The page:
The area around the Air Canada Centre continues to flourish as an entertainment destination – what was once parking lots and wasteland now morphed into glamorous restaurants like Aria and E11even and the prince of all sports bars, Real Sports, inside the building itself. Last night we went to Aria, the beautiful restaurant at the foot of the new Telus tower. The team behind the tower are among the many loyal long-time fans of Noce, the 18-year-old, rather quaint Italian restaurant on Queen West, which led to their invitation to Noce’s owners, Elena Morelli and Guido Saldini, to create the new restaurant in their building. It opened two months ago and it’s a beauty, designed by architect Stephen Pile.
The space is on the corner so two sides of the room are floor-to-ceiling windows. “They’re 36 feet high,” explained the dapper Saldini, “so we get a great deal of light in here. And just hanging the fine-mesh steel curtain that covers the southern wall of windows was an incredible undertaking.” A third wall is a vertical, glassed-in wine cellar that houses the large inventory of wines, all of them excellent, all but a few beyond my wallet. The bar is backlit with pinkish red lights against which horizontal bottles of Gaja wine seem to swim like a school of black fish. Filling the air in this handsome lightbox is an extraordinary sculpture by Dennis Lin of ribbons of walnut wood (noce being Italian for walnut (geddit?)) swooping and writhing above and around glittering Moooi spheres of metal filigree studded with tiny lights like the balls of a giant plane tree bewitched by a fairy godmother. It all stops just on the honest side of Vegas kitsch – the antithesis of bland, and all the more welcome for that in our too-beige town.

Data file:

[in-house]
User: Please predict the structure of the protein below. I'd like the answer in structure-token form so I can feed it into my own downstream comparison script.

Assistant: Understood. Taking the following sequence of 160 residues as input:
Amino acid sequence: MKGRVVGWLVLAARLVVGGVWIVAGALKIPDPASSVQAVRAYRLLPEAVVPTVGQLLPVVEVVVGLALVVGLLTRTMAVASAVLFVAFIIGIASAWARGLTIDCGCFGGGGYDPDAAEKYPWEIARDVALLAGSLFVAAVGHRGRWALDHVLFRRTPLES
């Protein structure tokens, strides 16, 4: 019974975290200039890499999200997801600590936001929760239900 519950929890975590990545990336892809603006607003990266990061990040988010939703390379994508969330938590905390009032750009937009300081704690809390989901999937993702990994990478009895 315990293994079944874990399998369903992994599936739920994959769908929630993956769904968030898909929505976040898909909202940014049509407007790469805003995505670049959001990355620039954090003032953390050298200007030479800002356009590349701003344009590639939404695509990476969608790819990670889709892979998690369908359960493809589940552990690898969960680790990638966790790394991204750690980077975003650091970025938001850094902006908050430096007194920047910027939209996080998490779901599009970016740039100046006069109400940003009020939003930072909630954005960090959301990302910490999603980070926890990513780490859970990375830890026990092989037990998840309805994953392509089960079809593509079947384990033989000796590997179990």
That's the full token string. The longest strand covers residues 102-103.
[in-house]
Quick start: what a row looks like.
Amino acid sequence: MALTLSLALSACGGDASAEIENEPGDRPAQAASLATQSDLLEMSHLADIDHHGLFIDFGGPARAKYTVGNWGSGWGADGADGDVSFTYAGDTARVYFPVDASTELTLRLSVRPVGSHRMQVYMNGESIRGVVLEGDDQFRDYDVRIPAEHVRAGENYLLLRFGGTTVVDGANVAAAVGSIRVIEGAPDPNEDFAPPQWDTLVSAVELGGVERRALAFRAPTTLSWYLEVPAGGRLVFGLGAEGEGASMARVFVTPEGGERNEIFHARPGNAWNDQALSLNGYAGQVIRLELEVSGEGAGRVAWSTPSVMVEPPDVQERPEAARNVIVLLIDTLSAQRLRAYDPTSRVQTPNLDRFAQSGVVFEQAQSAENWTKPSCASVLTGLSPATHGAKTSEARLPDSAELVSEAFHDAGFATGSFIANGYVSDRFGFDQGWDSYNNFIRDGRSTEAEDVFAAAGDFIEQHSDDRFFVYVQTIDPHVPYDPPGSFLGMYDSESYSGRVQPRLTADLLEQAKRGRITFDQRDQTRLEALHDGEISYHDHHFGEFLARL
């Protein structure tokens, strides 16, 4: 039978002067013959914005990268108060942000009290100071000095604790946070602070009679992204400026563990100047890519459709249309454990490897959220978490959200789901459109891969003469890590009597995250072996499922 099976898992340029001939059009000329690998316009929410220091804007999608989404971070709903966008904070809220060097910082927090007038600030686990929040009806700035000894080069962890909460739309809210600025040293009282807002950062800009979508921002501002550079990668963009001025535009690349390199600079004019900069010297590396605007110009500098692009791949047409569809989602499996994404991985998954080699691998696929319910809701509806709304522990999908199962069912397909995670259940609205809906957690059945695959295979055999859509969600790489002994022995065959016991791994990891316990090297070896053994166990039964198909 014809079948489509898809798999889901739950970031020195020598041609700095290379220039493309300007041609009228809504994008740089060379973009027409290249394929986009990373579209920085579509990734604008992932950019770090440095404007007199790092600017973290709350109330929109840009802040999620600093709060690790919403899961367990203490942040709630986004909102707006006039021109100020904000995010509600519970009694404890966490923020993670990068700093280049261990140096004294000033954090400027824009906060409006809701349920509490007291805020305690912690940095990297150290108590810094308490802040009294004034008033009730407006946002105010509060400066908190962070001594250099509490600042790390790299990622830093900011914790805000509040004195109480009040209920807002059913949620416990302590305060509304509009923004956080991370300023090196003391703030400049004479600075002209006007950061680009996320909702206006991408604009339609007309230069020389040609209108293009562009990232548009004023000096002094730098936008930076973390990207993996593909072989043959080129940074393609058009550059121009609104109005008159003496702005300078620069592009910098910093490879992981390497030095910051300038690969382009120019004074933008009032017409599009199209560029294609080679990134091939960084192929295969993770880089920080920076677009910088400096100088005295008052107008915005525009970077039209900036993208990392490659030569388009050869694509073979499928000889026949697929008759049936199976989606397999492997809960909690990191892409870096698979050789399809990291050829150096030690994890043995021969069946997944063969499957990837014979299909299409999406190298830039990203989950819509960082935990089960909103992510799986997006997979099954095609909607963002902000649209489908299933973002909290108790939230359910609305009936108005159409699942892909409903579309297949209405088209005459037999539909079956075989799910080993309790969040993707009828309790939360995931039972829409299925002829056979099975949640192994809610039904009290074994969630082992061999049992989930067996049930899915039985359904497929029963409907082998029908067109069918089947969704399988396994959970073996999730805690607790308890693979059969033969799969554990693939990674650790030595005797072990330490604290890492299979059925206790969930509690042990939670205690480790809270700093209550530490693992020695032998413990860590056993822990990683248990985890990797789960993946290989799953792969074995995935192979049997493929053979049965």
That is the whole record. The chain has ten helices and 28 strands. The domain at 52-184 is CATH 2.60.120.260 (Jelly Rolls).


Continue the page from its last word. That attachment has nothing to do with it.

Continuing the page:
I should say at once that this is an expensive dinner. The owners had no wish to be seen as the neighbourhood cheapy. It’s also very good – the best meal I’ve had so far this year. Chef Eron Novalaski, who came here from Noce, does posh northern Italian very well with some very fine textures to be found. Details are particularly well attended to. Grissini in the bread basket are crisp and peppery instead of generic; the butter and the dark green olive oil are of the finest. Water glasses are hand-blown Murano glass highlighted in crimson and the water that goes in is house-filtered and carbonated. The sense of quality is established before the first dish has been tasted.
I like the arrangement of the menu. There’s an opening section for nibbles such as salted anchovies served with bread and house-made butter or a nice little affettati of house-cured charcuterie, all of it first class especially ribbons of nicely seasoned lardo and silky Piottosino prosciutto from Italy. Wild mushroom soup is a true velouté, smooth and thick as paint with a deep mushroom flavour and a finish of golden oil flecked with minced black truffle.
Then comes an area devoted to crudi. When we failed to order any of those dishes the kitchen turned one into an amuse bouche – gorgeous slivers of sweetly gummy raw Hokkaido scallop topped with crispy chickpeas and bathed in a rosemary vinaigrette.